Saturday, 18 November 2017

High tea at the InterContinental

Team building exercises can be tiresome. Some are bearable. It turns out that a 3-hour long scavenger hunt around Wellington's CBD brought out the competitive side of my workmates and ended up being a huge amount of fun. Even better was the promised prize of afternoon tea for the winning team ... us! We perused afternoon tea menus and settled on high tea in the Lobby Lounge at the InterContinental Hotel. What a great choice!

The atmosphere in the Lobby Lounge is comfortable and relaxed. There's an extensive tea menu that, naturally, I cast aside in pursuit of coffee. We knew we'd be in for a feast so made sure nobody had lunch beforehand but still weren't certain we could finish a full high tea each - although we'd certainly try our best.

The staff were great. While we wouldn't be able to take home any savoury foods, the sweet items could be packaged up if we couldn't make it through all fifteen pieces. Just as well ... most of my top layer came home in a beautiful doggy (piggy?) box to be devoured later.

So what did we eat? The menu was similar to the high coffee I enjoyed last year. We started at the bottom with   warm bacon and avocado slider, smoked salmon and cream cheese bagel, pumpernickel with apple and aged blue cheese (I'm still getting used to pumpernickel), cucumber and egg club sandwiches, followed by mini date scones with jam and cream.

Intercontinental high tea
And this is what we brought home: gateau opera, white chocolate mousse, strawberry tartlet, chocolate and popping candy lollipop (so much fun!), mini cheesecake, coffee éclair, tropical fruit salad and a tiny macaron.

We had an amazing high tea with delicious food and excellent company. I can't think of a more pleasant way to spend a Friday afternoon.

Sunday, 1 October 2017

Kevin Bridges - NZ Tour

Paying it forward really can work. After abandoning two sets of Wellington on a Plate tickets last month due to illness, I was rewarded with free tickets to a comedy show from a colleague in a similar situation to mine. Would I like to see Scottish comedian Kevin Bridges on stage? Heck, yes! She insisted I take them as she hated to see good tickets go to waste. (A special cake will be making its way to her this week.)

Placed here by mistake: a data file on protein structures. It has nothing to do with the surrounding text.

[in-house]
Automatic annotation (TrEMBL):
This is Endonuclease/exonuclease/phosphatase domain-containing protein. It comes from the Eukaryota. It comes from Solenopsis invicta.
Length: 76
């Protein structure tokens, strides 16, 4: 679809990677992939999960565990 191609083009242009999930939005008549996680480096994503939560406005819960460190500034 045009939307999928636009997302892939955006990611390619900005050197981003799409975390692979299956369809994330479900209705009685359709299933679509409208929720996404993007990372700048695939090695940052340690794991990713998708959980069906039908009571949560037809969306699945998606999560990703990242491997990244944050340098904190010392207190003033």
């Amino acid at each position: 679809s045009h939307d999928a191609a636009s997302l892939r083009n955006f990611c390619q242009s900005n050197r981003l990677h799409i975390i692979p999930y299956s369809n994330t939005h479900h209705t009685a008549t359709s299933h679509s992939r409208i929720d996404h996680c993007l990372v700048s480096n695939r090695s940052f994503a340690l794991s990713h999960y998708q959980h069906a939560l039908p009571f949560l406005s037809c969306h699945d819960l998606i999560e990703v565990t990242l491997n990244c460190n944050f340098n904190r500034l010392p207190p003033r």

The warm up act for the sold-out show was Italian-Australian gay gluten intolerant comedian Nath Valvo. He got things off to a flying start before Bridges took the stage.

We laughed ourselves silly from start to end as phrases were helpfully translatated into kiwi English for those who may not have understood Bridges's broad Glaswegian accent. Then the usual suspects (Trump, ISIS, Brexit) made an appearance in a standup routine that took him all around the world before finishing up with anecdotes about growing up in a suburb that sounds like the Hutt Valley of Glasgow. Yes, he did his research before facing a Wellington crowd. Hoos rice, anyone?

It seems like the audience was full of Scots keen to show off their patriotism - so much so that Bridges had to deal to a persistently annoying heckler, who made it clear just how much online stalking research she'd done by shouting out her findings all night. After some bickering in the gallery, a flurry of pledges to buy Bridges a beer after the show later popped up on Twitter. I hope he took up an offer or three. This guy is hilarious!

Monday, 21 August 2017

Two thumbs up

The winter lurgy has well and truly visited our home this past week and is yet to fully leave. It brought with it some nasty symptoms and a raft of questions about its status. Have you been to the doctor? Can you work from home? Is it flu or is it another virus? How come you can't walk 200m/get dressed/fold washing without puffing? Why don't you just relax and read a book? Can't you take something for that cough? Maybe you should rest and not worry about work? Do you have to cough so loud?? At least you're not [aching any more/losing a limb/facing real problems/dying].

But really, what does it matter? After a week that saw me cancel Every. Single. family and social event as well as work, it's easy to feel sorry for myself and feel like I've achieved nothing at all. But maybe all was not lost while I systematically forfeited all my plans and commitments? Stranger things have happened.

If I think about it in a cheesy two thumbs up, fake grin and get-over-myself kind of way, this last week actually looks pretty good! Well, maybe.